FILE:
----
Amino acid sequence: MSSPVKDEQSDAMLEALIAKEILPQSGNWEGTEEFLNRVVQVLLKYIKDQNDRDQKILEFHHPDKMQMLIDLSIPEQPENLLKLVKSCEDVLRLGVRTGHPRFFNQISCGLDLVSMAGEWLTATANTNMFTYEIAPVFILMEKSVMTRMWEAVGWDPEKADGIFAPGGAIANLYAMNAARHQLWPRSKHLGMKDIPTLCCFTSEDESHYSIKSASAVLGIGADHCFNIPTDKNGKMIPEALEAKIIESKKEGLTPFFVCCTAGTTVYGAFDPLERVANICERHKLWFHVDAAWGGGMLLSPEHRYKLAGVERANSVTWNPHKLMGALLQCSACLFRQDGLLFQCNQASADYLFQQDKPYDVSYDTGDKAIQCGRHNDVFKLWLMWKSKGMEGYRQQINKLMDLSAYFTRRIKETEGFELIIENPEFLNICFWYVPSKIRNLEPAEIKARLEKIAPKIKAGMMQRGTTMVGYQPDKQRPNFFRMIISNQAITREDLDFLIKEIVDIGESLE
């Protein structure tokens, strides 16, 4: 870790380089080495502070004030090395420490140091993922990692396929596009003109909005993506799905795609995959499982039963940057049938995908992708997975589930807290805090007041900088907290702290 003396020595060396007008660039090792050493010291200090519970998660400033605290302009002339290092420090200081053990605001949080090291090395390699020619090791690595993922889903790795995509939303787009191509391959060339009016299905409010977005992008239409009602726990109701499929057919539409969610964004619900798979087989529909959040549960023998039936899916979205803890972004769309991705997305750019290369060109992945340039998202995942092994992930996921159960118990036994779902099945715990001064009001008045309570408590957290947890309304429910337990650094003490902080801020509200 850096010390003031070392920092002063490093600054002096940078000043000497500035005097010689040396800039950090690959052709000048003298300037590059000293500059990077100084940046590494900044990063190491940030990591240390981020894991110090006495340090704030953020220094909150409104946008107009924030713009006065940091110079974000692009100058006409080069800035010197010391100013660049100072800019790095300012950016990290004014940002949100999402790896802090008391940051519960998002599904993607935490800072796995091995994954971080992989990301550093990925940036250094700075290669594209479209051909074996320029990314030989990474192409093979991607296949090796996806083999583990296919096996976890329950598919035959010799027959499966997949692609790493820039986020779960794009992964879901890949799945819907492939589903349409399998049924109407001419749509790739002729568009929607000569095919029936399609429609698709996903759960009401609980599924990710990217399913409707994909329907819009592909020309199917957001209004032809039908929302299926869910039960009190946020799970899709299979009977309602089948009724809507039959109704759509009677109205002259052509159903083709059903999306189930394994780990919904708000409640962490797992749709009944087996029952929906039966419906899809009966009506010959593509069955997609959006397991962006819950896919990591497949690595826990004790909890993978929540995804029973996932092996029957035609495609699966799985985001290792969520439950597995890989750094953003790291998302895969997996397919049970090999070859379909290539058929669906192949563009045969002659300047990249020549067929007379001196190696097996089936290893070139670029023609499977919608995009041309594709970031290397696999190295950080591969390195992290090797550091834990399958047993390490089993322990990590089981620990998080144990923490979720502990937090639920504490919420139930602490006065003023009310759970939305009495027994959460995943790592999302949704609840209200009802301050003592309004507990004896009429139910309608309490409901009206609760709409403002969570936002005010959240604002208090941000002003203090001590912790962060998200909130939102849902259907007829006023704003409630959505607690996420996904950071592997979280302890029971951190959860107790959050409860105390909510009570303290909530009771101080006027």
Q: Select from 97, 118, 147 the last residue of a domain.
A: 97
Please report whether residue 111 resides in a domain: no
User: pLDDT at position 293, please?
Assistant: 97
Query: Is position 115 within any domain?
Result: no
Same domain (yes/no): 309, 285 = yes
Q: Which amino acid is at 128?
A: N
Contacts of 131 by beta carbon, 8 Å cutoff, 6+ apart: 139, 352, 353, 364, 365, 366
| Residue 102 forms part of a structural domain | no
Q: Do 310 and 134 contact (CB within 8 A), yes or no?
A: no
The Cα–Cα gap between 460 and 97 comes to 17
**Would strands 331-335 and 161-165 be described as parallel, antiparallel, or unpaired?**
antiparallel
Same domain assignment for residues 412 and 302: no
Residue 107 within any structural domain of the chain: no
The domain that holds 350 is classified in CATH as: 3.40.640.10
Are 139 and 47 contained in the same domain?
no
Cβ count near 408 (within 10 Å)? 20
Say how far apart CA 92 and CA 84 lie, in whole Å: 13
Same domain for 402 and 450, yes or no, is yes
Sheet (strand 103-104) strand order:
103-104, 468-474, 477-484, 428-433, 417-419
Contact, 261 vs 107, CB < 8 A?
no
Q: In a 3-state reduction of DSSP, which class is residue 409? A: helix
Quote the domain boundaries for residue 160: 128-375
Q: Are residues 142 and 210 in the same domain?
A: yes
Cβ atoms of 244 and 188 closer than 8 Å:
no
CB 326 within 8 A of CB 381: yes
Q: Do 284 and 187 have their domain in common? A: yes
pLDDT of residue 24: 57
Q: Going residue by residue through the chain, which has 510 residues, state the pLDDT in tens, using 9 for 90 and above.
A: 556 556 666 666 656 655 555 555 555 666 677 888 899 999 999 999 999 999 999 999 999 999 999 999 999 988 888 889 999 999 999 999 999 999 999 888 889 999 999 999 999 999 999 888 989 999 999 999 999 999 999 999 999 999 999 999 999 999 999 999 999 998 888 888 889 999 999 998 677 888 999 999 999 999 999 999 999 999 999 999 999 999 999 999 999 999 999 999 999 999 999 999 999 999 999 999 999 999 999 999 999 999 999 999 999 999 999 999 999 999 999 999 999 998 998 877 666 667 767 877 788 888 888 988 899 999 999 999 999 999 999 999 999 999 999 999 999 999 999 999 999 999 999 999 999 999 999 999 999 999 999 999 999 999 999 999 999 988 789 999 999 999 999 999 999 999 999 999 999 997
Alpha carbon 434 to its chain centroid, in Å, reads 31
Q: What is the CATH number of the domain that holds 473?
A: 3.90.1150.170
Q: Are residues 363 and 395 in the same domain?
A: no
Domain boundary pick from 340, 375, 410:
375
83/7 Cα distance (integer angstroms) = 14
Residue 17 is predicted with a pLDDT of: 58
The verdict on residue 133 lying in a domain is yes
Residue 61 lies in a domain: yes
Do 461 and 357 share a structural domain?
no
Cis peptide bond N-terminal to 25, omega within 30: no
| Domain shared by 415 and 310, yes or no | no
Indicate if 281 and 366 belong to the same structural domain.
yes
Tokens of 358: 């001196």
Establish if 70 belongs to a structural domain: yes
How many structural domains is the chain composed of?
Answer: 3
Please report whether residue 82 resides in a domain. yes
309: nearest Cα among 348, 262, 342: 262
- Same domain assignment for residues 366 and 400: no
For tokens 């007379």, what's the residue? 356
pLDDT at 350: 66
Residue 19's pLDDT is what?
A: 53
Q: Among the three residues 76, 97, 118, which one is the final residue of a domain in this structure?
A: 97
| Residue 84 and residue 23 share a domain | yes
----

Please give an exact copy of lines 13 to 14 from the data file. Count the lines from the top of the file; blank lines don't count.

Contacts of 131 by beta carbon, 8 Å cutoff, 6+ apart: 139, 352, 353, 364, 365, 366
| Residue 102 forms part of a structural domain | no